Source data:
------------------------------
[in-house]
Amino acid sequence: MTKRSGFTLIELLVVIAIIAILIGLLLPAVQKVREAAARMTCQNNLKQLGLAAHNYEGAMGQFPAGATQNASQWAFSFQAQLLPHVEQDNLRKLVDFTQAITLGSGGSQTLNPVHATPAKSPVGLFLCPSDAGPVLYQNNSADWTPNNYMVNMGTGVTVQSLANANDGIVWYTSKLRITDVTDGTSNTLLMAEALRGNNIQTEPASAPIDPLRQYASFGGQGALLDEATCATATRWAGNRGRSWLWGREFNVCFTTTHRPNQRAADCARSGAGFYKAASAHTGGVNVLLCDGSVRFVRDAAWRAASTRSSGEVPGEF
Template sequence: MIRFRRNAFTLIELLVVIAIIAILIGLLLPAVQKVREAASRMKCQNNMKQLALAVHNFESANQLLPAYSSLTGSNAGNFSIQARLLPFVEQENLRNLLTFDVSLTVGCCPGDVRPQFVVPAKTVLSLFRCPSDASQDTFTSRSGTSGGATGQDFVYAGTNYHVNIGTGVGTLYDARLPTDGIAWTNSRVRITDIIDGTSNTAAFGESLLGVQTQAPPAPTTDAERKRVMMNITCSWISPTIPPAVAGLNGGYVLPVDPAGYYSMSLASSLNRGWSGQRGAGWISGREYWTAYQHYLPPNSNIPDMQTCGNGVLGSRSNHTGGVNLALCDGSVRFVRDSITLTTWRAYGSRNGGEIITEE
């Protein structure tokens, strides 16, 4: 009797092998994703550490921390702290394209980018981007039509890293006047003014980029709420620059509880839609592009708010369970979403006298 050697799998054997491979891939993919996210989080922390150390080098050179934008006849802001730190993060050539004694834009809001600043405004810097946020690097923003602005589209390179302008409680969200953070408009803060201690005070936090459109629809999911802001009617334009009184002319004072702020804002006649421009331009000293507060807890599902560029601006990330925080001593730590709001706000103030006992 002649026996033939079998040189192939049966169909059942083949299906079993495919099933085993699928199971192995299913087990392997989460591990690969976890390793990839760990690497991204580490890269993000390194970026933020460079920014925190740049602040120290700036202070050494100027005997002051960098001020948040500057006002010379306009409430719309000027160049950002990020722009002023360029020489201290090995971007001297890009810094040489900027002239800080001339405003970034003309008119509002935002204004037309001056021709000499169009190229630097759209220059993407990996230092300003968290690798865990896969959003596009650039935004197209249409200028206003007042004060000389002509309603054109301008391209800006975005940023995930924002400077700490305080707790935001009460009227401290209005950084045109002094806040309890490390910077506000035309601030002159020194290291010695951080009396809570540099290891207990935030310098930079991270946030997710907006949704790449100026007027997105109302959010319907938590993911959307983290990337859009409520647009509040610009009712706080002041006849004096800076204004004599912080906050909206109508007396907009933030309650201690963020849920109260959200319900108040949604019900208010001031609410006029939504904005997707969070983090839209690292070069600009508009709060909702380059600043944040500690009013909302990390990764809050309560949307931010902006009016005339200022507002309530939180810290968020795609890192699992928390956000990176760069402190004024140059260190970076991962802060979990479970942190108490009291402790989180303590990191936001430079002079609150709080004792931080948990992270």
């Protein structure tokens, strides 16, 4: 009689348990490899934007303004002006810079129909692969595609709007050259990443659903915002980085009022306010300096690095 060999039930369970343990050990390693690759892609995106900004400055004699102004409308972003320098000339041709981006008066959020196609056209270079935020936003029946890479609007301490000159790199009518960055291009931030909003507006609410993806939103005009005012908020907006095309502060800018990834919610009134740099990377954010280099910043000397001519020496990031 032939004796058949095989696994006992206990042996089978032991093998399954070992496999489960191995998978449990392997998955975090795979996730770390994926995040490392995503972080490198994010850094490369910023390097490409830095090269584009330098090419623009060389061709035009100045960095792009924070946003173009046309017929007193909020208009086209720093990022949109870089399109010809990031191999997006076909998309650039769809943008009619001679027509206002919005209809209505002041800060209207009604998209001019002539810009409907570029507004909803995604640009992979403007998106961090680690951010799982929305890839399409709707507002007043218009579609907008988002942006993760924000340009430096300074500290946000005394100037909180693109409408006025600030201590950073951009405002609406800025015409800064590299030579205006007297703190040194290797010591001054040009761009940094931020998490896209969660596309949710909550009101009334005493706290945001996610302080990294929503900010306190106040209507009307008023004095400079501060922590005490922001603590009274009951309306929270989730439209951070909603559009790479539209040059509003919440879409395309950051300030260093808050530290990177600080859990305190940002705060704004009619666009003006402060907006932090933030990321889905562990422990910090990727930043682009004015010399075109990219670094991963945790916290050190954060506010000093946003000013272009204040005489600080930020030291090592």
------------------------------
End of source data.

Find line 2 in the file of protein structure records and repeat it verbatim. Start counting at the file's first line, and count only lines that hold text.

Amino acid sequence: MTKRSGFTLIELLVVIAIIAILIGLLLPAVQKVREAAARMTCQNNLKQLGLAAHNYEGAMGQFPAGATQNASQWAFSFQAQLLPHVEQDNLRKLVDFTQAITLGSGGSQTLNPVHATPAKSPVGLFLCPSDAGPVLYQNNSADWTPNNYMVNMGTGVTVQSLANANDGIVWYTSKLRITDVTDGTSNTLLMAEALRGNNIQTEPASAPIDPLRQYASFGGQGALLDEATCATATRWAGNRGRSWLWGREFNVCFTTTHRPNQRAADCARSGAGFYKAASAHTGGVNVLLCDGSVRFVRDAAWRAASTRSSGEVPGEF